GNU Guix launches
Posted Nov 26, 2012 16:50 UTC (Mon) by pboddie
In reply to: GNU Guix launches
Parent article: GNU Guix launches
d) When the user installs their own packages and it breaks, they still call me.
Admittedly, there's not much you can do about this other than to get them to provide details of exactly what they did, so that you can then tell them that it is a problem of their own making. On various mailing lists for Free Software projects, this is typically handled by asking things like whether the user is using any plugins or extensions, and getting them to actually include real output in their reports instead of paraphrasing the problem. I know this is hard work, but I imagine that you can't avoid this even if you lock down as much as you can because there's almost always some unforeseen variable that has to be identified.
sending confidential data out with insufficient security and controls
People can still get up to this kind of mischief without installing their own software, though.
or we just send them out to amazon or similar
For more and more organisations, there are going to be awkward conversations in the years ahead as upper management discover that large parts of their systems don't actually reside under the control of that dedicated department any more, but actually live in some cloud somewhere. You see this happening already as people go outside their institutional systems and use mass-market products instead (just as you have people using their own phones and computers instead of the ones provided by their employer).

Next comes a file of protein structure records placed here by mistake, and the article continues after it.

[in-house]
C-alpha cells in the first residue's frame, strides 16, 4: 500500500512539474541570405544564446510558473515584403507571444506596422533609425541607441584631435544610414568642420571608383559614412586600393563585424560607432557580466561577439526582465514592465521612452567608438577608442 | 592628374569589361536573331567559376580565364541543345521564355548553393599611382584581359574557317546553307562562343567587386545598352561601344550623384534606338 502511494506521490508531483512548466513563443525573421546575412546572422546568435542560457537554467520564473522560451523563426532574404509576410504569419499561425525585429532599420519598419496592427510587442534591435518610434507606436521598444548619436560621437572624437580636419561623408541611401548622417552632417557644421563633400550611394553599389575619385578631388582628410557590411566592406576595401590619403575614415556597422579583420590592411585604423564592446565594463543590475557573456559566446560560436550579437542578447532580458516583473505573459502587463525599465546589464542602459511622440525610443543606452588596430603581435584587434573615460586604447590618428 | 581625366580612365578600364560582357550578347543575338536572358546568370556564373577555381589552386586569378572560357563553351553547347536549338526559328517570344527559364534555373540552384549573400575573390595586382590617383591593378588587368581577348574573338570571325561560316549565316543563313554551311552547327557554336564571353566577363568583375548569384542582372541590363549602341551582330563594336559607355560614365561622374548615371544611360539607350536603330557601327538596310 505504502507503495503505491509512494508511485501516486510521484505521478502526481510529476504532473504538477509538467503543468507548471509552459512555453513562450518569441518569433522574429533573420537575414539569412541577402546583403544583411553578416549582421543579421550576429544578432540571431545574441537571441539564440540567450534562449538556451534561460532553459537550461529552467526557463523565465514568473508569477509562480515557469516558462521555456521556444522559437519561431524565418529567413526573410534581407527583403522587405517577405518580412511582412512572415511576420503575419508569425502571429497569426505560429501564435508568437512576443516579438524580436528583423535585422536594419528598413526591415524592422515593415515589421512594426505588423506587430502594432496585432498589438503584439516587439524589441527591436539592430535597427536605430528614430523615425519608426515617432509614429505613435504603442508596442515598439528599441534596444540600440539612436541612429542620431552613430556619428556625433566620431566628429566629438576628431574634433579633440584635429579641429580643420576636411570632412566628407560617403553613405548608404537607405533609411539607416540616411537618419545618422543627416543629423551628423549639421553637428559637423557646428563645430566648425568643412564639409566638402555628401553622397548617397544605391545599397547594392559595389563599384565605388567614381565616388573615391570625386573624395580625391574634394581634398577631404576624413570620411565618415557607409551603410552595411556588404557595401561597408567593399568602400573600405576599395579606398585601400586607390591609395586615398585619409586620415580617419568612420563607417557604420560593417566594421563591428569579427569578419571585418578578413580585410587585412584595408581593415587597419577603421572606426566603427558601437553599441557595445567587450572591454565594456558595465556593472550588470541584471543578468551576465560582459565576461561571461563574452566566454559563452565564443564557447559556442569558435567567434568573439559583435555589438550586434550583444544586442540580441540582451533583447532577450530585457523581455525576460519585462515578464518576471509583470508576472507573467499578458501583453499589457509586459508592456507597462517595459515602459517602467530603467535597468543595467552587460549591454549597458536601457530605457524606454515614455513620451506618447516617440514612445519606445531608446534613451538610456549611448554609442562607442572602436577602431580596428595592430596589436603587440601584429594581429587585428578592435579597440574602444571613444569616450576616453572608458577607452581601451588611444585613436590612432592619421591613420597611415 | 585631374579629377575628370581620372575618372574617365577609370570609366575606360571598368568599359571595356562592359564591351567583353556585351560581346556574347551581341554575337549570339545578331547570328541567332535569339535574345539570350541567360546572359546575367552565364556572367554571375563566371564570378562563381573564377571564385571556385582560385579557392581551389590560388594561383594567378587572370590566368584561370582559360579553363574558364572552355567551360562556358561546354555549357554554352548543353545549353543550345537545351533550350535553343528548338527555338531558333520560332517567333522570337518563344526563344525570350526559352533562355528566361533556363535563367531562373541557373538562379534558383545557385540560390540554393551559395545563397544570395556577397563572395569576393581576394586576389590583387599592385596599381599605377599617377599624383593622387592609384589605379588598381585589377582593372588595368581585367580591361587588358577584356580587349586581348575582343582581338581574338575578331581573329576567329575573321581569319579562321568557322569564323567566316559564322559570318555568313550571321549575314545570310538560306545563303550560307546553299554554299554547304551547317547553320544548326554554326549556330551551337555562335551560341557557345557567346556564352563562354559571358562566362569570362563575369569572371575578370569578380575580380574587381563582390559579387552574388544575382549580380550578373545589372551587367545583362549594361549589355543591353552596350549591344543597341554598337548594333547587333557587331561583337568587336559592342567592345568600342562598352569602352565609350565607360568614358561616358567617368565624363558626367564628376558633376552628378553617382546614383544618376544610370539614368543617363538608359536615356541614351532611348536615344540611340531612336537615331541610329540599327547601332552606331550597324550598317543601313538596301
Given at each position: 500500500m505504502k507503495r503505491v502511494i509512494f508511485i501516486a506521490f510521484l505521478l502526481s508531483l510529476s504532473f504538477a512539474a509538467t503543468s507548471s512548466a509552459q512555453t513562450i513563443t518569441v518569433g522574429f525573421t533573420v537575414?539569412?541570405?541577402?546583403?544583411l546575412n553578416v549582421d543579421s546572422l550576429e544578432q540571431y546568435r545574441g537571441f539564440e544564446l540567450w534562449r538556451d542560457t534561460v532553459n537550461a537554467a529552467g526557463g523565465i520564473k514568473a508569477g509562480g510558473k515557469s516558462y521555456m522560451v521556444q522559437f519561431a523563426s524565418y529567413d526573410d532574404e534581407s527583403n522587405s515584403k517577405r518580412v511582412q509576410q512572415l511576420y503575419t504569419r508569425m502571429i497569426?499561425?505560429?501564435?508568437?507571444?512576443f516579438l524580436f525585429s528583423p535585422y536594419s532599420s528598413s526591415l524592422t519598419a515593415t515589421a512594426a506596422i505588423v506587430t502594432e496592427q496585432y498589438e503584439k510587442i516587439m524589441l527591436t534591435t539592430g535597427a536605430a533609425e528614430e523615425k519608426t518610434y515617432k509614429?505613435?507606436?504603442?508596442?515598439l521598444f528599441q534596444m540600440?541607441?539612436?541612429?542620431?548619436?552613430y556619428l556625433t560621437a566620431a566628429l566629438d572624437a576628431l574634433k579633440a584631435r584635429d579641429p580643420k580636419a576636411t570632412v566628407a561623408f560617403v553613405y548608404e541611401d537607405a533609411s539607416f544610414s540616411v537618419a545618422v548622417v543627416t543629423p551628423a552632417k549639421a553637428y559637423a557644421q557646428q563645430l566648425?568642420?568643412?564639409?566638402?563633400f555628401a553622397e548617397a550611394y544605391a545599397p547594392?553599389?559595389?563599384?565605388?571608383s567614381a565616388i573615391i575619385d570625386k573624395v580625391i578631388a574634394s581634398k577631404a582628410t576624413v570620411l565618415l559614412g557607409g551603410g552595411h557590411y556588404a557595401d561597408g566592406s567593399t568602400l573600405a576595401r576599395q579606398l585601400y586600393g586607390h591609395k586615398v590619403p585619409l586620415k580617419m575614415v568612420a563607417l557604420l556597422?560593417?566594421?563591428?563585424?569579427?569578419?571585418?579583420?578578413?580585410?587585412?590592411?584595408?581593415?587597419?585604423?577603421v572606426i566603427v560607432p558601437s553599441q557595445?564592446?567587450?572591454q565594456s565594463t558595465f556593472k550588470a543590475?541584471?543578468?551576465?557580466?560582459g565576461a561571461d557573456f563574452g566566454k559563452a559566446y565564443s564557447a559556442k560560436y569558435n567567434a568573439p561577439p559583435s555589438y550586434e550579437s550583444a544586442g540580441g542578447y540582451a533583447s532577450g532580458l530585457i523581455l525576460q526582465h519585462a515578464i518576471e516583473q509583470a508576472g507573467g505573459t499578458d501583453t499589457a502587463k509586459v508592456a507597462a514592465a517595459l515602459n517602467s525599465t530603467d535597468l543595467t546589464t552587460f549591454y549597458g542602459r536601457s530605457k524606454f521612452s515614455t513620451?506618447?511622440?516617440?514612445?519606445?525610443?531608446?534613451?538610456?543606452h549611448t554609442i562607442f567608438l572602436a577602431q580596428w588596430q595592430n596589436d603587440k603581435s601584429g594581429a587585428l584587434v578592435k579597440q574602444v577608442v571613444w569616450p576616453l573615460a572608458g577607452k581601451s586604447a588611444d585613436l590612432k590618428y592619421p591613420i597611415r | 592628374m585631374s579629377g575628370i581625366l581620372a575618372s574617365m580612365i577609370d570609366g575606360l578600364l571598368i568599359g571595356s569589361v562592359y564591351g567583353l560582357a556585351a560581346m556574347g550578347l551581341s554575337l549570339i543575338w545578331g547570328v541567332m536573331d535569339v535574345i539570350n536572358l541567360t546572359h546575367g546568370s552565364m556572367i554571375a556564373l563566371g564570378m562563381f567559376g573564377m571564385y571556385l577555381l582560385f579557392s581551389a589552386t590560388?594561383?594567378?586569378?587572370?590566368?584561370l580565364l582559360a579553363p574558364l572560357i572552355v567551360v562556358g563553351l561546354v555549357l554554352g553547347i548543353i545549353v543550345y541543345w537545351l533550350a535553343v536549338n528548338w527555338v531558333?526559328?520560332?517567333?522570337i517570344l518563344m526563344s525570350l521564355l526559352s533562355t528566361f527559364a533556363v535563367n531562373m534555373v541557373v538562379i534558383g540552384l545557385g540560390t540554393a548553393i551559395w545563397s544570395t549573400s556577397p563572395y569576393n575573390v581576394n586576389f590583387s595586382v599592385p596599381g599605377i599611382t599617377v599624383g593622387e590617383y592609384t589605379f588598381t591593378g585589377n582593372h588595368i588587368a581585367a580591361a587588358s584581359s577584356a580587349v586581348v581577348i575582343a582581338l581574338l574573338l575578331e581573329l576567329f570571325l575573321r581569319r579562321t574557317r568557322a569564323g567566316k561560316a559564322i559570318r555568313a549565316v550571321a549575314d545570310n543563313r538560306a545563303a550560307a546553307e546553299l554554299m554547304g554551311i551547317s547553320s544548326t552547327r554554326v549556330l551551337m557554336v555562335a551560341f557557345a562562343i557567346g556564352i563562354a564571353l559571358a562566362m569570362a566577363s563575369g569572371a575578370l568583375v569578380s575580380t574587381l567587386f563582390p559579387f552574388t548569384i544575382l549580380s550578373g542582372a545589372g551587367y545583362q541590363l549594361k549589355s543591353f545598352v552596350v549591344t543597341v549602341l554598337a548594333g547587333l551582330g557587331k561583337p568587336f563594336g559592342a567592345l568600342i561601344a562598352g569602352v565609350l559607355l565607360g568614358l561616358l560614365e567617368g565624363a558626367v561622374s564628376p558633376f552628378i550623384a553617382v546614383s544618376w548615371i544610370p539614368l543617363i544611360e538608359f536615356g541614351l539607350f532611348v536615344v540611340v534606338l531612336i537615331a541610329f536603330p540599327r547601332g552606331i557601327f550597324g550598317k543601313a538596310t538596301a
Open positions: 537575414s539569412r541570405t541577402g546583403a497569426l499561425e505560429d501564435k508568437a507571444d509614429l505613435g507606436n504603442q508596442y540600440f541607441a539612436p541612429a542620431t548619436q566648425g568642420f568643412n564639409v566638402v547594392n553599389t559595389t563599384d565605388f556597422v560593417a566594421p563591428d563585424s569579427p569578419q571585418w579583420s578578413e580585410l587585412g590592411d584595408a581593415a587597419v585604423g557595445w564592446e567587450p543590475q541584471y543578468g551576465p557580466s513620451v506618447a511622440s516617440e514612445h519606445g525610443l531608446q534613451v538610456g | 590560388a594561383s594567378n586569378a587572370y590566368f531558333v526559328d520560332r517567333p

At that point, the question "What do we pay those people for?" is going to be even more threatening, especially after all the anecdotes have been heard about how people couldn't do what they needed or were put off until something "official" was ready for a particular task. (You see these symptoms in any large organisation where the resources to enable new services or activities are constrained by the tendency to shoehorn such things into the existing ways of working, thus eliminating the competitive advantage of the large, well-resourced organisation.)
I'm not really arguing against systems administration policies, but it really baffles me that instead of entertaining and encouraging workable compromises and perhaps loosening the leash on captive users, organisations and developers would rather keep the leash as tight as possible even though history shows that the leash will break as a result.
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